Close the banks. End the Fed. Get RID of Wall Street. It was only ever about job recovery. 2008 was FOUR WHOLE YEARS ago. Don't blame the President, blame the financier and his puppet in Congress.
Copyright © 2014 Microsoft. All rights reserved.
Fundamental company data and historical chart data provided by Morningstar Inc. Real-time index quotes and delayed quotes supplied by Morningstar Inc. Quotes delayed by up to 15 minutes, except where indicated otherwise. Fund summary, fund performance and dividend data provided by Morningstar Inc. Analyst recommendations provided by Zacks Investment Research. StockScouter data provided by Verus Analytics. IPO data provided by Hoover's Inc. Index membership data provided by Morningstar Inc.
[BRIEFING.COM] The stock market finished an upbeat week on a mixed note. The S&P 500 added just over a point, holding its weekly gain at 1.0% while the Nasdaq lost 0.4%.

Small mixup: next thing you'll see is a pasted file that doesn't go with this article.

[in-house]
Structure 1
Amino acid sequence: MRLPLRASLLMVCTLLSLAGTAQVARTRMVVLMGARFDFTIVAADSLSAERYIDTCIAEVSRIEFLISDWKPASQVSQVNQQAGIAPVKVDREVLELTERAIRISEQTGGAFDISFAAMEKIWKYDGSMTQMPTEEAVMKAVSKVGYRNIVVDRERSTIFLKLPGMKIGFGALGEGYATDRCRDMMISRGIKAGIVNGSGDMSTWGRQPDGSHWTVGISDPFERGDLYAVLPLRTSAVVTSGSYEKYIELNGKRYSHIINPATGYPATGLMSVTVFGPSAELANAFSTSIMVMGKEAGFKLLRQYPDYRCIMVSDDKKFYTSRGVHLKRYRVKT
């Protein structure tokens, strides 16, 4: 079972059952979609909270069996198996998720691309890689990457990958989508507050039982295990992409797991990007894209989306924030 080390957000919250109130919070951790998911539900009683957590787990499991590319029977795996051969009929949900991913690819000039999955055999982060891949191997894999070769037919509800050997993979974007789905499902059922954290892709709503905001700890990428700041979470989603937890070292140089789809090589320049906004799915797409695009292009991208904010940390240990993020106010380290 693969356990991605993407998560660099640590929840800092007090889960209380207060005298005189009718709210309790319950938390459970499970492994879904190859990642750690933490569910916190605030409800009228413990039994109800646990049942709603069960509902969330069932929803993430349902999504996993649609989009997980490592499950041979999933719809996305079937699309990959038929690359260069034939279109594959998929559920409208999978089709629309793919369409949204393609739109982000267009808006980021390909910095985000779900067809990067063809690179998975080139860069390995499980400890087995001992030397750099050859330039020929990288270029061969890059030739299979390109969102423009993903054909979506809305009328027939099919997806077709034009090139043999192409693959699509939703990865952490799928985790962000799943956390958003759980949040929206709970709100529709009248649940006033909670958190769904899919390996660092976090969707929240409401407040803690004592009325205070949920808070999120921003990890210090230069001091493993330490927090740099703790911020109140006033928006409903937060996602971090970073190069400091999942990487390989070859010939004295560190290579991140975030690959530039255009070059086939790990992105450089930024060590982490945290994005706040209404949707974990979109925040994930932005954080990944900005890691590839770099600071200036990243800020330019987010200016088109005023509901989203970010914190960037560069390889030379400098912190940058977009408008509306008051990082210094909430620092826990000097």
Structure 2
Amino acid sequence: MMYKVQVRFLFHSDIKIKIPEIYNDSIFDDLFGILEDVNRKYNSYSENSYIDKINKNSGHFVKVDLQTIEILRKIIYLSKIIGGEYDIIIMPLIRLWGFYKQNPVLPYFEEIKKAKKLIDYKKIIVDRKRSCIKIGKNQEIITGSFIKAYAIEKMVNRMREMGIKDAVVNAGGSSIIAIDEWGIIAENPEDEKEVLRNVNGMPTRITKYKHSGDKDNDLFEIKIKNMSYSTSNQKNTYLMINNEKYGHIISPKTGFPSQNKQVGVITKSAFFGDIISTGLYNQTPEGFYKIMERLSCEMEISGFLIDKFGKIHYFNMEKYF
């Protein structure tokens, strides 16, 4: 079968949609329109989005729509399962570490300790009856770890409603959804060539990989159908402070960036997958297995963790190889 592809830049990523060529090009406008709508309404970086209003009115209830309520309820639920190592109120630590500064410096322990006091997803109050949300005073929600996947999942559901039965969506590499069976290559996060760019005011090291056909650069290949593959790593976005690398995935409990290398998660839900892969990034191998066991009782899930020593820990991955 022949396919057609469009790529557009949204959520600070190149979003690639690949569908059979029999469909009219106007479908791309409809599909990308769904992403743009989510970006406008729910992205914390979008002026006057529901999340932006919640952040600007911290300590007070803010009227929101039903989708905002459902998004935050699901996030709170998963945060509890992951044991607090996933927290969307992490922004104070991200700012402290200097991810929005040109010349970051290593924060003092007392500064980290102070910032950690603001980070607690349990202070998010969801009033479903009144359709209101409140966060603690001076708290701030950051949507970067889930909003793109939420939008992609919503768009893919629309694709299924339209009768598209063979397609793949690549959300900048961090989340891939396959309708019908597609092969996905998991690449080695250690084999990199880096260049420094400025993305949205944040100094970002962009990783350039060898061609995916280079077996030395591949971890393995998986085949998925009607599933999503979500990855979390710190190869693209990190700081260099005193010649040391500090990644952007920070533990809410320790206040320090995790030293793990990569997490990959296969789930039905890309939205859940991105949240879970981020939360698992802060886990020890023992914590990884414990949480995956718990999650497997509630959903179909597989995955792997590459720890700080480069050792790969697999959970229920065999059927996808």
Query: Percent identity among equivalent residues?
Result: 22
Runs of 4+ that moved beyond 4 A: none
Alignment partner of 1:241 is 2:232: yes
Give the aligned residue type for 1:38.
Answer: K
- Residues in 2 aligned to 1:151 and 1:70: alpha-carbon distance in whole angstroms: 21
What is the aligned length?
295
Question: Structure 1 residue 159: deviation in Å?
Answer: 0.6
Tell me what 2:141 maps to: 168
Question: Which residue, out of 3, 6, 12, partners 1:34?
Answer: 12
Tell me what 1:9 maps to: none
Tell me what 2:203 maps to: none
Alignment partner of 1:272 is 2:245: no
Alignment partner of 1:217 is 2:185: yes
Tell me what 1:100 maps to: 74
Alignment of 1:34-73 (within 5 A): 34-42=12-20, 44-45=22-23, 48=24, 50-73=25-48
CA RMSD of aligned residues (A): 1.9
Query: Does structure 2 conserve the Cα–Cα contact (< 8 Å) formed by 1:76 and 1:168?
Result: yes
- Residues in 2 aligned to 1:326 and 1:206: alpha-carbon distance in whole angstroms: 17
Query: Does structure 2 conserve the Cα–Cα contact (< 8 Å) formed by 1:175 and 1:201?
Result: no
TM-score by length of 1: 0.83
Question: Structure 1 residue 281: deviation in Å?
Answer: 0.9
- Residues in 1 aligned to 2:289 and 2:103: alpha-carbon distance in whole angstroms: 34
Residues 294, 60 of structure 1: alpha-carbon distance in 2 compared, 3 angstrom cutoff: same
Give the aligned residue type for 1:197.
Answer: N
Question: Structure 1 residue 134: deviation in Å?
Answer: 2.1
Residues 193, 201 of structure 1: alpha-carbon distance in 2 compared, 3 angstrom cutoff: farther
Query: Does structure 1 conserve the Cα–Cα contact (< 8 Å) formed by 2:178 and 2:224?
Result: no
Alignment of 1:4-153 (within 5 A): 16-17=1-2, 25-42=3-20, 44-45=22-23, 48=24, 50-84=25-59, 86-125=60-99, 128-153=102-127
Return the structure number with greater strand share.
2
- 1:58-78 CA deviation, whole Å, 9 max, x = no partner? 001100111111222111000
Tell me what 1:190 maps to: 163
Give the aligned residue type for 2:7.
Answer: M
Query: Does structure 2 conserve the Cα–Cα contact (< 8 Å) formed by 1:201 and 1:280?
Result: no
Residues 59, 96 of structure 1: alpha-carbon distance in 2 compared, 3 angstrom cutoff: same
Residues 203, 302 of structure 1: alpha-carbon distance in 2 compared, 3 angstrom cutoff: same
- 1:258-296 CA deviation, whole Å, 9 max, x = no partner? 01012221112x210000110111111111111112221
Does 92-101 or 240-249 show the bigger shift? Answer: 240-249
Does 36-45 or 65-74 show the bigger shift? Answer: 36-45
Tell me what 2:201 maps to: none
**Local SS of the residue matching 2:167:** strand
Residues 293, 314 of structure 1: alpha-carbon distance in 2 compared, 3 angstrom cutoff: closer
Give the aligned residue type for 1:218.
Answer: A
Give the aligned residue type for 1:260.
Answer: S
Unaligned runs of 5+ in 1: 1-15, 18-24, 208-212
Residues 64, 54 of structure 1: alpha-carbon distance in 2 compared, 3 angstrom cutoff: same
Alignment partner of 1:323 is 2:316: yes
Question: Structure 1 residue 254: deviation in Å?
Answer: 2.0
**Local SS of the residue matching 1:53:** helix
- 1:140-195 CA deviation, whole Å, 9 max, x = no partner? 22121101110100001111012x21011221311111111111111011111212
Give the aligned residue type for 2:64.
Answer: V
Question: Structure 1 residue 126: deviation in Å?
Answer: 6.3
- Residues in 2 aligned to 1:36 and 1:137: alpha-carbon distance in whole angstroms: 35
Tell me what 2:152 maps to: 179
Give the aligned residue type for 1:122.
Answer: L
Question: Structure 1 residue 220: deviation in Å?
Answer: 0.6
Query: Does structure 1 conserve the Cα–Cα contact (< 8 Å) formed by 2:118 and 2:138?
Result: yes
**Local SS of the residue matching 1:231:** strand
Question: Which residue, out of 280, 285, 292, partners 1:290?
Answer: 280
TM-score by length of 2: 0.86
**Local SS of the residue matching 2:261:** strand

The major averages began the day on an upbeat note, but relinquished their opening gains during the first 90 minutes of action. The early sentiment was boosted by a better-than-expected nonfarm payrolls report for February (175K versus Briefing.com consensus 163K), but a closer look into the report suggested that ... More
More Market News
The solid report comes a month after the retailer closed all of its Canadian operations.
MUST-SEE ON MSN
- Video: Easy DIY smoked meats at home
A charcuterie master shares his process for cold-smoking meat at home.
- Jetpacks about to go mainstream
- Weird things covered by home insurance
- Bing: 70 percent of adults report 'digital eye strain'